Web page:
by Plato

  • Category Classics
  • Format PB
  • Imprint
  • Price 195
  1. ISBN: 978-81-291-2943-7
  2. Pages: 356 pages
  3. Date: July 2013


An enquiry into the nature of the ideal society, Republic is a series of dialogues between Socrates and various interrogators. It proposes a state organized and governed on philosophical principles and asks if goodness can exist—devoid of motive, obligation or supplication to a stronger power—solely by itself and translate into society as a whole. The work also contemplates the duality inherent in life: the reality we perceive through our senses and the truth we can gain through the world of ideas.
Although Plato is largely concerned with the definition of justice, the city-state and the just man, he also discusses a range of topics: social, moral, educational and psychological. Considered to be one of the bedrocks of Greek philosophy, Republic has had immeasurable impact on Western thought through the ages.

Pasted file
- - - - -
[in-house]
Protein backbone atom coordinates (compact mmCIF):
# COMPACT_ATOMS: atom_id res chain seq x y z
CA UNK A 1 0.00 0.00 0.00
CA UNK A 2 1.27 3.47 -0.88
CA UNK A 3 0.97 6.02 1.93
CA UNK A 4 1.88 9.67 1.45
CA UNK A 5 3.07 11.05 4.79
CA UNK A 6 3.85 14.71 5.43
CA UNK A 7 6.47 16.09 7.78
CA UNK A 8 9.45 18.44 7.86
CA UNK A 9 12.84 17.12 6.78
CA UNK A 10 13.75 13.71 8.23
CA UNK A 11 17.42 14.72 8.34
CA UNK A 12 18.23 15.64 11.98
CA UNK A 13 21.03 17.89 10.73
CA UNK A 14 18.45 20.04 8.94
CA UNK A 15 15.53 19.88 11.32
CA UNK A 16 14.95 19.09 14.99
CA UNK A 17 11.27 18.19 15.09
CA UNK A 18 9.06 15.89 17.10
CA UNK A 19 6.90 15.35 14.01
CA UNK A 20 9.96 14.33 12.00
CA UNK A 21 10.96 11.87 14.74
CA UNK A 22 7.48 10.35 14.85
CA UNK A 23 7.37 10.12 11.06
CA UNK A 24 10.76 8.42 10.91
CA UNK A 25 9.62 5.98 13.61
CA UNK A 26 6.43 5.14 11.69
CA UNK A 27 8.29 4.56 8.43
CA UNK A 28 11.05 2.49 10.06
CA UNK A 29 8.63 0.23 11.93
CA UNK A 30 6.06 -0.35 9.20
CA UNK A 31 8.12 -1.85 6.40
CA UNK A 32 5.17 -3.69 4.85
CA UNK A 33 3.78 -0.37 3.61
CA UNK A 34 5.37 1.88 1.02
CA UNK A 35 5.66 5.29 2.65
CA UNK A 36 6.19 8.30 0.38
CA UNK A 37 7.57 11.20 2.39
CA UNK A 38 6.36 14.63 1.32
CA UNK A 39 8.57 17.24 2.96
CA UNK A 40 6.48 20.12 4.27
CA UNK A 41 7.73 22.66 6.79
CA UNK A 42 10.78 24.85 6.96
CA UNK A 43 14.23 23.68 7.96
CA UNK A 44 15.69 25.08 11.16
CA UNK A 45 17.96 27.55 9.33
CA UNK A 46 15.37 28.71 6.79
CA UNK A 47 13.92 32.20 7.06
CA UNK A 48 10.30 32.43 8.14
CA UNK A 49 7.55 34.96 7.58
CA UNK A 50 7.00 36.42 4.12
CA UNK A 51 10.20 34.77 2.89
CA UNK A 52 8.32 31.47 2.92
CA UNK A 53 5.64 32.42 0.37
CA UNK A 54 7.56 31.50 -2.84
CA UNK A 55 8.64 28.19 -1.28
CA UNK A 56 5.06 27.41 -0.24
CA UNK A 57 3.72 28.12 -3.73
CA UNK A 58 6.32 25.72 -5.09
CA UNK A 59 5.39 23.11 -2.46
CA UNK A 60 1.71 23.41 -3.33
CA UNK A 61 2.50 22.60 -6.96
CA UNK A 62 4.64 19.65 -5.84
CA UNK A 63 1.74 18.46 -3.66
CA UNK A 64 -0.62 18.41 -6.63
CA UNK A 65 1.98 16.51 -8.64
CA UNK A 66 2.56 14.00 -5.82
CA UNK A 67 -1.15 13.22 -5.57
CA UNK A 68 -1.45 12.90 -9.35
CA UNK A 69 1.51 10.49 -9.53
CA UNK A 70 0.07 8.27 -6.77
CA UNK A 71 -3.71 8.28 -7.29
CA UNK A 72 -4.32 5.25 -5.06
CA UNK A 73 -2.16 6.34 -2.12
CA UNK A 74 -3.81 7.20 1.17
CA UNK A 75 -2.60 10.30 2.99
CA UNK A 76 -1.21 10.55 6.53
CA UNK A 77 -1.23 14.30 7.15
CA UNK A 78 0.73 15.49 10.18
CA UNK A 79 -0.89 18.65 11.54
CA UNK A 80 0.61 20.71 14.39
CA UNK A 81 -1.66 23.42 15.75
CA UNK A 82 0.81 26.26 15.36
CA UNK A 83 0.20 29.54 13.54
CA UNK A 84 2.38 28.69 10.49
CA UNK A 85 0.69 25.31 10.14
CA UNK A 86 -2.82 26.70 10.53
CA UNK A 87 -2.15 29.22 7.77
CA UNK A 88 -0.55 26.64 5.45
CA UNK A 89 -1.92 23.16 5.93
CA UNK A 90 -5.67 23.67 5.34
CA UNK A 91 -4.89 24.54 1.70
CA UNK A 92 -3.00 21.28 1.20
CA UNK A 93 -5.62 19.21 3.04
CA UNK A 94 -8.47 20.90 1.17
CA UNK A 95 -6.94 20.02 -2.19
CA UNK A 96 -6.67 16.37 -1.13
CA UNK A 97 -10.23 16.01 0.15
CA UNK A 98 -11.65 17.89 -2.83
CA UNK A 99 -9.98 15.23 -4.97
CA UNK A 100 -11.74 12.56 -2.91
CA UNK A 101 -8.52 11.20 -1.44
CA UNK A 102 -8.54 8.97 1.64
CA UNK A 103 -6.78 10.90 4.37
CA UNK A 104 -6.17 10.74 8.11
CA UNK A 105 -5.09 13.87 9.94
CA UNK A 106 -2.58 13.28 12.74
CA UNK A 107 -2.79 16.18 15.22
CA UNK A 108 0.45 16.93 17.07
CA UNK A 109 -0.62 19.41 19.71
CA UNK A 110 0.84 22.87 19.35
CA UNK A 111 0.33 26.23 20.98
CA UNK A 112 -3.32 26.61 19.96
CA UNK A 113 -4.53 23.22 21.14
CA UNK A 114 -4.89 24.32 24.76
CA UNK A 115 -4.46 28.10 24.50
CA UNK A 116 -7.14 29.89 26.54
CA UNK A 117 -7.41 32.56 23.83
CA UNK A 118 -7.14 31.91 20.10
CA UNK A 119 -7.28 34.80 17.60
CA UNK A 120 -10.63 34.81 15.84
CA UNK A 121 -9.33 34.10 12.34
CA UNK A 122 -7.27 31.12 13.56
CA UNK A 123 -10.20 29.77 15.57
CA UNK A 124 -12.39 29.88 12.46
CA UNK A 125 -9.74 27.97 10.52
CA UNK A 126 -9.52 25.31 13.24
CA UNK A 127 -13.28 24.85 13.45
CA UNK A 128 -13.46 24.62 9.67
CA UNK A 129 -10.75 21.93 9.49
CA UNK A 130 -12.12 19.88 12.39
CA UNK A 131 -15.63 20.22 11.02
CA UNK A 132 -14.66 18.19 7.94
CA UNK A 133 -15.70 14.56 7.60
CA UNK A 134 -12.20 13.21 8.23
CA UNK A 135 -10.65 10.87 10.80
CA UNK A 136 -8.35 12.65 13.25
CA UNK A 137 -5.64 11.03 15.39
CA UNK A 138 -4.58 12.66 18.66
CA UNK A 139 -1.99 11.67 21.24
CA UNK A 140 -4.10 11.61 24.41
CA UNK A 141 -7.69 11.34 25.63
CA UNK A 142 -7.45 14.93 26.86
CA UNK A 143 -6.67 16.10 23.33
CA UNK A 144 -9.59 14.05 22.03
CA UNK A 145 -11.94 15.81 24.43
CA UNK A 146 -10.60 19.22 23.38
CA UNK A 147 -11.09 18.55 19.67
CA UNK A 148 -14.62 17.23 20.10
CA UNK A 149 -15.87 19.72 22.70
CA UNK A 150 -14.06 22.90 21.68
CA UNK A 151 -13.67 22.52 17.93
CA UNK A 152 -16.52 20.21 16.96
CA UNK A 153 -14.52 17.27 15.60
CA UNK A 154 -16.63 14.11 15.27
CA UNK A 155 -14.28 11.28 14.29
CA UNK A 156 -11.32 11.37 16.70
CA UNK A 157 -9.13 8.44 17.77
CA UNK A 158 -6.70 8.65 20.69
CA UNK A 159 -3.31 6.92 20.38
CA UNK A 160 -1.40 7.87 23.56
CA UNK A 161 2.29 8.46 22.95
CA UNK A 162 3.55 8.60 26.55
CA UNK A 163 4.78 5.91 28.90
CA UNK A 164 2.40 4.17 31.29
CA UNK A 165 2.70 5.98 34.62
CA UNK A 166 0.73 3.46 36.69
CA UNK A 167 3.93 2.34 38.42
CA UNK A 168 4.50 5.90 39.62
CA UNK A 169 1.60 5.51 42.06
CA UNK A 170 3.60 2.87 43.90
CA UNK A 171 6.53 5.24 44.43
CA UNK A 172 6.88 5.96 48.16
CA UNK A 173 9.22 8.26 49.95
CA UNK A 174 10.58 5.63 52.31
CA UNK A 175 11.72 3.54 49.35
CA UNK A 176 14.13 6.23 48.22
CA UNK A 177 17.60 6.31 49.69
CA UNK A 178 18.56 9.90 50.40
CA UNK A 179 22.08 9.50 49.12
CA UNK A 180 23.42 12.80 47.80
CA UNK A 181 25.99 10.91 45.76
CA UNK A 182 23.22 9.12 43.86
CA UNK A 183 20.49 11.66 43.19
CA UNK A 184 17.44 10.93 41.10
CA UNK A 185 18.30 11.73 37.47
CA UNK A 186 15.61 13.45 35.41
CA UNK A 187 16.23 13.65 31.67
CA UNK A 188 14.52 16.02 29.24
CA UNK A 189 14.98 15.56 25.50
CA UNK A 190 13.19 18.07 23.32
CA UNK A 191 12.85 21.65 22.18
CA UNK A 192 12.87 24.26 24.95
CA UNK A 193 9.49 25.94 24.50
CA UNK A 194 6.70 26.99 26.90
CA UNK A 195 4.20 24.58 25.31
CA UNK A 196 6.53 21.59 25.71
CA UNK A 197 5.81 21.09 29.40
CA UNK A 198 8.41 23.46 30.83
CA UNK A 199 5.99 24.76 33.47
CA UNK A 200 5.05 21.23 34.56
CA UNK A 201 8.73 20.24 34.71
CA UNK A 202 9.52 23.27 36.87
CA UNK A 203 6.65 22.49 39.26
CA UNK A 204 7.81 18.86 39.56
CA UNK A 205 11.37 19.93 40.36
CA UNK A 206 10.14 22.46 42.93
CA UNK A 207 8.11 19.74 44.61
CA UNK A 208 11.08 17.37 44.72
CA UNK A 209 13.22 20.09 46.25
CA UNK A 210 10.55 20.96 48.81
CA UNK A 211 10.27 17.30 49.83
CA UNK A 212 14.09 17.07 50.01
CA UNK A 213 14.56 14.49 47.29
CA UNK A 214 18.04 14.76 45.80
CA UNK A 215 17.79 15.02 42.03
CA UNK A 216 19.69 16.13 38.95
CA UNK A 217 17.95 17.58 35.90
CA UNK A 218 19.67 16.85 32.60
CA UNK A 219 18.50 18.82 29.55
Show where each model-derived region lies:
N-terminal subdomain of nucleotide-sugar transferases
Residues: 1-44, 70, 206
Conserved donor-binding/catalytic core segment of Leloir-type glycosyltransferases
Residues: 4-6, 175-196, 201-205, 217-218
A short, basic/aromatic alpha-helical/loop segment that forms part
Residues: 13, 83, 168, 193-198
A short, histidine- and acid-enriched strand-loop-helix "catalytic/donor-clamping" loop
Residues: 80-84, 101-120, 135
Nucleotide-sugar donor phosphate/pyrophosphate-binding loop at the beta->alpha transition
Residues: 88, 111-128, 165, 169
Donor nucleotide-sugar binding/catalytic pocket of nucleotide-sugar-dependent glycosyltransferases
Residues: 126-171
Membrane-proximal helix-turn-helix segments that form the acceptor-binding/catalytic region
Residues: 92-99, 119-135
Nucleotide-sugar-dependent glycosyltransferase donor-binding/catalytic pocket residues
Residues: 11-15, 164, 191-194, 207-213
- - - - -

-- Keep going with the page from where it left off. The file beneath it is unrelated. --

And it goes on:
Plato, a philosopher in classical Greece, wrote extensively and on a variety of subjects. His writings can be divided into three distinct periods. Between 399-381 bce, he wrote of his travels in the Mediterranean region and composed the dialogues that distil the philosophy of Socrates. These texts include Apology of Socrates, Protagoras, Euthyphro, Hippias Major and Minor and Ion. In the second period, Plato decided to write in own voice about the individual and society, and the ideals of justice and courage as fundamental to the functioning of the state. Republic, his best known work, was written during this time. The last phase of his writing consists of his exploration of metaphysical ideas as well as the role of art in life.

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